DelegatingHandler vs HttpOperationHandler – WCF Web APINo Comments
Yesterday Phil Haack wrote a post about Implementing an Authorization Attribute for WCF Web API. We’re doing something similar to handle auth using SimpleWebTokens handled by ACS and found a mix of approaches between Pedro Felix, Howard’s post, Lewis, and Johnny’s team who is also working on something similar. However I was too lazy to read the blogs and thrown this out to twitter knowing that @gblock would give me the answer I wanted in matter of minutes
@woloski: when would you use a delegatingchannel vs httpoperationhandler? I’ve found different samples using both
And indeed he replied. I like things explained in plain English from someone who really knows the thing, so here are the tweets with some color coding to separate one from the other.
NOTE: make sure to also read Glenn’s post which goes into much more detail.
@gblock: there are significant diffs. One is for pure http request / resp related concerns (message handlers) the other for app level
@gblock: one is global / knows nothing about the service the other does knows about the service.
@gblock: one is a Russian doll allowing pre-post handling, the other is a sequential pipeline.
@gblock: one handles model binding type scenarios (operation handlers) the other does not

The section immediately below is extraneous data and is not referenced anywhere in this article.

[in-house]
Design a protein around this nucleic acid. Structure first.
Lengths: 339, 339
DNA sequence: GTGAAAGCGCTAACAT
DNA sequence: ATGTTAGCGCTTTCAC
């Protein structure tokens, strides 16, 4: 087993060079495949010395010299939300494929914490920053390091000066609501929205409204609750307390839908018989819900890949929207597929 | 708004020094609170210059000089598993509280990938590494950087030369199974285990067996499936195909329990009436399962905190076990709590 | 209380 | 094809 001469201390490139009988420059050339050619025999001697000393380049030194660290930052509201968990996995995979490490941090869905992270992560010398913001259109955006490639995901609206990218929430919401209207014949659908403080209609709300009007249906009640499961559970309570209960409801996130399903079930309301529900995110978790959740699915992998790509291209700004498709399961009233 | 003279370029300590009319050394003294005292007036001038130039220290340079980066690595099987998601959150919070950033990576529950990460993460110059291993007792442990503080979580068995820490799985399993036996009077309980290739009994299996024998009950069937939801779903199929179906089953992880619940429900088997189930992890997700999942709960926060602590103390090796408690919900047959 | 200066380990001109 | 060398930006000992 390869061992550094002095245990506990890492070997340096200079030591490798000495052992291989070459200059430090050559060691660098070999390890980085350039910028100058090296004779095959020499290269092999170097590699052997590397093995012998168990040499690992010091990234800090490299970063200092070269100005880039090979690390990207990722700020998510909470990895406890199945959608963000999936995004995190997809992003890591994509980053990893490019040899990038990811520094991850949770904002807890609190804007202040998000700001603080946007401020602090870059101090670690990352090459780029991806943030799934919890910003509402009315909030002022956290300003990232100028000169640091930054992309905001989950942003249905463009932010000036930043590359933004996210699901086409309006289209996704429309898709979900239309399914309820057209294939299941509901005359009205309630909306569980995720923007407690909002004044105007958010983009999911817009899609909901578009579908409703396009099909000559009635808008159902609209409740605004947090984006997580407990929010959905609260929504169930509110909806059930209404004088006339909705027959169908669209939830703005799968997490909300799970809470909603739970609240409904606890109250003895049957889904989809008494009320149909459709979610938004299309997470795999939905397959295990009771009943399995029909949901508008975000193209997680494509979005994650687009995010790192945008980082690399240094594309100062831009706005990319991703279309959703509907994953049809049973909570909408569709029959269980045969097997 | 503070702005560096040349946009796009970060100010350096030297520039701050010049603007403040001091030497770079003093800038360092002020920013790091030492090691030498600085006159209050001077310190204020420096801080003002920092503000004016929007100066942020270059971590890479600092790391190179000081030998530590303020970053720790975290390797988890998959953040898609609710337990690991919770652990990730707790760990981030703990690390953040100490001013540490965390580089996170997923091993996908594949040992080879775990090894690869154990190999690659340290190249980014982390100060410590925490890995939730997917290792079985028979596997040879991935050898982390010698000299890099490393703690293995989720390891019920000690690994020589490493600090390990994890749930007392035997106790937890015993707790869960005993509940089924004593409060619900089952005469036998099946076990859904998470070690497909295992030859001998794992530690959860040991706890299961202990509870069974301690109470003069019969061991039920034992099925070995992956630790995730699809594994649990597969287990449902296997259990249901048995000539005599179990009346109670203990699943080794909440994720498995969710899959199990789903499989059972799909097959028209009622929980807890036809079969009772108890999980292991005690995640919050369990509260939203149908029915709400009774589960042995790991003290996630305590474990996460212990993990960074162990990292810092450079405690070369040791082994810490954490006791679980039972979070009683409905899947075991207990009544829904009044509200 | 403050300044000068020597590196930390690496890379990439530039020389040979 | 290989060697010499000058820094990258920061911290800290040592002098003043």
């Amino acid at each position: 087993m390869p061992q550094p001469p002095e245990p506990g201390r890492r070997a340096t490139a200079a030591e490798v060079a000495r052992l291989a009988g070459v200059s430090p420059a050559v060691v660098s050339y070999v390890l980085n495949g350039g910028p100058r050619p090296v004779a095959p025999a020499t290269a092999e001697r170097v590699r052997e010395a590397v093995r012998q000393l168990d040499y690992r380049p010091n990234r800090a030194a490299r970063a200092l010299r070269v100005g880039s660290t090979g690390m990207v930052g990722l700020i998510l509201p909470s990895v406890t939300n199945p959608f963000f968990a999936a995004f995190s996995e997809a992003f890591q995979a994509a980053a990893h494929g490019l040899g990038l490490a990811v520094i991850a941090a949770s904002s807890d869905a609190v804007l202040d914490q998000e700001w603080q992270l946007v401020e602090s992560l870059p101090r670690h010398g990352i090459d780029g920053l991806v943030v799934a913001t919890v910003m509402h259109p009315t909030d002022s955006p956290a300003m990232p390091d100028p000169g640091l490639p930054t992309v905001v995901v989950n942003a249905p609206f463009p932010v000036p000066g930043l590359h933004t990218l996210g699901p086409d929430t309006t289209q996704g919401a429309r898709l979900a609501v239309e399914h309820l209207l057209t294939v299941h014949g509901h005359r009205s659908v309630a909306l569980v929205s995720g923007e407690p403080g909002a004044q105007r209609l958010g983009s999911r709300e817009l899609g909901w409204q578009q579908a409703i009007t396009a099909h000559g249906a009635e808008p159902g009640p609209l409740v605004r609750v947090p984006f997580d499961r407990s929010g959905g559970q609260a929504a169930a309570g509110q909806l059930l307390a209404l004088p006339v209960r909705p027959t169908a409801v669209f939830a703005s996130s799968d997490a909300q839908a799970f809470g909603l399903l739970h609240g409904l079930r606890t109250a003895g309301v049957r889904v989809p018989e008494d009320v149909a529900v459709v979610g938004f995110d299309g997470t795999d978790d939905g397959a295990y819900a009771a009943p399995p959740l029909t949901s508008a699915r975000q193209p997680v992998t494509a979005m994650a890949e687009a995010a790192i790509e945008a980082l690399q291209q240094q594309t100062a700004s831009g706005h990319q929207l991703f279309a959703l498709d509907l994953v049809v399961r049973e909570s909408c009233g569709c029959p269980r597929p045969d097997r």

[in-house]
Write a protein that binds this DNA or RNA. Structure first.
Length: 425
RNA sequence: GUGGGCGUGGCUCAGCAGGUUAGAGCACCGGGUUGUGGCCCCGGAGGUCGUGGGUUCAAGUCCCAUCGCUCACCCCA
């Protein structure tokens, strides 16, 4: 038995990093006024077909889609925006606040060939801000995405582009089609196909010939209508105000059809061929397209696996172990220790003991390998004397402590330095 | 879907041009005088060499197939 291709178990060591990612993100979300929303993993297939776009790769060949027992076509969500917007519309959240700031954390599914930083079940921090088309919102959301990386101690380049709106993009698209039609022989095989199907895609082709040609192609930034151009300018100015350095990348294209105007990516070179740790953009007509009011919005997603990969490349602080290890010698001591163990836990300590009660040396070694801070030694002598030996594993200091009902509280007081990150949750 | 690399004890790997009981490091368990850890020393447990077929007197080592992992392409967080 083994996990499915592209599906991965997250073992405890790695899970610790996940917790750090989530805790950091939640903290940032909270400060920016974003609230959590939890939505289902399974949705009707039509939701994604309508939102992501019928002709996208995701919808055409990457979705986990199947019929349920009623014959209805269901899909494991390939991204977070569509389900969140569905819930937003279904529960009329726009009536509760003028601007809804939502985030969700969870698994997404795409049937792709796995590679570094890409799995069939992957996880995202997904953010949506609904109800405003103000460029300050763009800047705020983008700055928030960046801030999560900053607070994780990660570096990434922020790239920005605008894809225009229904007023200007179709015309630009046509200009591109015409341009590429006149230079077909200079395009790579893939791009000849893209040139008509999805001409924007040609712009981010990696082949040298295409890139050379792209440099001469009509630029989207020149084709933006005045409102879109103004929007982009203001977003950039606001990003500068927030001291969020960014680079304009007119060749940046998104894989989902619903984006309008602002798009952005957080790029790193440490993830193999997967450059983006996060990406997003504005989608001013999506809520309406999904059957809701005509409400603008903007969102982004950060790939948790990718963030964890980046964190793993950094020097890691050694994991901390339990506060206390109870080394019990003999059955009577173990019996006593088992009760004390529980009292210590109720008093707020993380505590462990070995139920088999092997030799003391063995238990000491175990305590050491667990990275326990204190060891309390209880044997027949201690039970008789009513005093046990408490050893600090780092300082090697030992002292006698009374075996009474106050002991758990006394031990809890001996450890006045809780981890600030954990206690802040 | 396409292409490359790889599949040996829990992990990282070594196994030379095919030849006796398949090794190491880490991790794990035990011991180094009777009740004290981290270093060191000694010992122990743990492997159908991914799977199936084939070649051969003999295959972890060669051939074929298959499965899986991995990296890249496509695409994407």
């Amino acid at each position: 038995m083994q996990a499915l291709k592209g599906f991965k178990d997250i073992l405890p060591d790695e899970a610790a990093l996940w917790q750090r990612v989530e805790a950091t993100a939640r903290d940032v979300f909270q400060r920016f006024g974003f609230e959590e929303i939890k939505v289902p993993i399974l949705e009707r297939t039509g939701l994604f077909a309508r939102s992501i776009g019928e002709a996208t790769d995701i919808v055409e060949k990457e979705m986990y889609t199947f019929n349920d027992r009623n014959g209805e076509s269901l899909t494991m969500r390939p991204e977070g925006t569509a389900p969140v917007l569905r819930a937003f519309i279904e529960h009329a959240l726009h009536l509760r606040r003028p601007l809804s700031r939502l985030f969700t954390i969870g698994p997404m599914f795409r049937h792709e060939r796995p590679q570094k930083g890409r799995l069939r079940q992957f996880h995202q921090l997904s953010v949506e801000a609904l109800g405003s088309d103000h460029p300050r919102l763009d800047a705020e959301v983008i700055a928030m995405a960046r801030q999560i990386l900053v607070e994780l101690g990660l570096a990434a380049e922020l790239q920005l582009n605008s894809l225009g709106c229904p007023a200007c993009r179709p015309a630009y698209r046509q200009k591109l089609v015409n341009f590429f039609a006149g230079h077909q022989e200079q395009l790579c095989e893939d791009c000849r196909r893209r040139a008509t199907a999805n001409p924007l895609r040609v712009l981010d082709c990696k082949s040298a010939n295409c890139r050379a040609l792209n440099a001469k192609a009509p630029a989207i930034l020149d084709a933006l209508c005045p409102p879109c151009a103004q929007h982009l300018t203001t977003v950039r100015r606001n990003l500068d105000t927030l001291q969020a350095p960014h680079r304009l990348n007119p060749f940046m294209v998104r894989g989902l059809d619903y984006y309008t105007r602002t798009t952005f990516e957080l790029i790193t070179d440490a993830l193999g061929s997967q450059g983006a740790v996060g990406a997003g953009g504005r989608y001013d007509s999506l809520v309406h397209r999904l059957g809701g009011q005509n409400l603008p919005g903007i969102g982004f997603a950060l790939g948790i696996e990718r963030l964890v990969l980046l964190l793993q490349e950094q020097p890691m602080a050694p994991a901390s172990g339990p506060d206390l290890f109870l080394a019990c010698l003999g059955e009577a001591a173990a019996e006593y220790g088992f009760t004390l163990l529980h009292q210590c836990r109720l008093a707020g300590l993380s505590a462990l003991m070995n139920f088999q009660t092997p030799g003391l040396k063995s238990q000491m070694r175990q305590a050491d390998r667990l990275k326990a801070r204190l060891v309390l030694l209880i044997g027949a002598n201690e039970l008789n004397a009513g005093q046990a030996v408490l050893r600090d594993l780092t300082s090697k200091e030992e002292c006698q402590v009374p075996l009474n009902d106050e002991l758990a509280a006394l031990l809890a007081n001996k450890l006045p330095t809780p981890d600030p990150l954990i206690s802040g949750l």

@gblock: one is async (message handlers) the other is sync. So if you have something io bound use message handlers
@gblock: for cross cutting http concerns like etags, or if-none-match use message handlers.
@gblock: for validation / logging of app data use operation handlers. For security you might use both as Howard did for Oauth
@gblock: if it is truly cross cutting and doesn’t require details about the operation itself like parameter values.
@gblock: message handlers can handle requests dynamically ie they can handle a request to \foo without an op foo
@gblock: architecturally I think they make sense even though there is some overlap. HTTP concerns vs app concerns is the line.
For our case we will use HttpOperationHandlers because we want access to the operation to check that it contains an attribute.
Leave a comment
Your email address will not be published.